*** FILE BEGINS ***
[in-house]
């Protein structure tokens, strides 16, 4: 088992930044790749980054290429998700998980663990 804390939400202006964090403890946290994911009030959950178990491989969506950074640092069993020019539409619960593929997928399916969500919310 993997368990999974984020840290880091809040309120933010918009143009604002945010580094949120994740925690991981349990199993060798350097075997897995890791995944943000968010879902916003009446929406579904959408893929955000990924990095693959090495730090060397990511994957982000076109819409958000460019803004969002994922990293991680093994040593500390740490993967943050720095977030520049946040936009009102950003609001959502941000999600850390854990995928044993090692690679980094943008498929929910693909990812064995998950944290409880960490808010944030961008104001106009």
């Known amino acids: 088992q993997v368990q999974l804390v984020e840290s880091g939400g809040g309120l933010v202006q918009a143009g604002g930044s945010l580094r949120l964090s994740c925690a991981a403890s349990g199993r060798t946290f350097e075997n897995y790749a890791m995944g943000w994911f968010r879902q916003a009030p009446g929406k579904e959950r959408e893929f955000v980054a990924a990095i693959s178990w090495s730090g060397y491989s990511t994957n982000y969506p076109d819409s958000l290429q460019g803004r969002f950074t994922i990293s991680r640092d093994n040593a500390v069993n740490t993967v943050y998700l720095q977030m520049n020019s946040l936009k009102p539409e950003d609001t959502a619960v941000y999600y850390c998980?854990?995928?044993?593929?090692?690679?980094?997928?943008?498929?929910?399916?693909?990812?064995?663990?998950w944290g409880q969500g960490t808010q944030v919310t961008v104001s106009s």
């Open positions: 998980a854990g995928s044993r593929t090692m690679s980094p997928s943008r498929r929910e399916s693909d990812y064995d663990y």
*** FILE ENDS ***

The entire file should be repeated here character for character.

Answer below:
[in-house]
């Protein structure tokens, strides 16, 4: 088992930044790749980054290429998700998980663990 804390939400202006964090403890946290994911009030959950178990491989969506950074640092069993020019539409619960593929997928399916969500919310 993997368990999974984020840290880091809040309120933010918009143009604002945010580094949120994740925690991981349990199993060798350097075997897995890791995944943000968010879902916003009446929406579904959408893929955000990924990095693959090495730090060397990511994957982000076109819409958000460019803004969002994922990293991680093994040593500390740490993967943050720095977030520049946040936009009102950003609001959502941000999600850390854990995928044993090692690679980094943008498929929910693909990812064995998950944290409880960490808010944030961008104001106009």
């Known amino acids: 088992q993997v368990q999974l804390v984020e840290s880091g939400g809040g309120l933010v202006q918009a143009g604002g930044s945010l580094r949120l964090s994740c925690a991981a403890s349990g199993r060798t946290f350097e075997n897995y790749a890791m995944g943000w994911f968010r879902q916003a009030p009446g929406k579904e959950r959408e893929f955000v980054a990924a990095i693959s178990w090495s730090g060397y491989s990511t994957n982000y969506p076109d819409s958000l290429q460019g803004r969002f950074t994922i990293s991680r640092d093994n040593a500390v069993n740490t993967v943050y998700l720095q977030m520049n020019s946040l936009k009102p539409e950003d609001t959502a619960v941000y999600y850390c998980?854990?995928?044993?593929?090692?690679?980094?997928?943008?498929?929910?399916?693909?990812?064995?663990?998950w944290g409880q969500g960490t808010q944030v919310t961008v104001s106009s």
């Open positions: 998980a854990g995928s044993r593929t090692m690679s980094p997928s943008r498929r929910e399916s693909d990812y064995d663990y």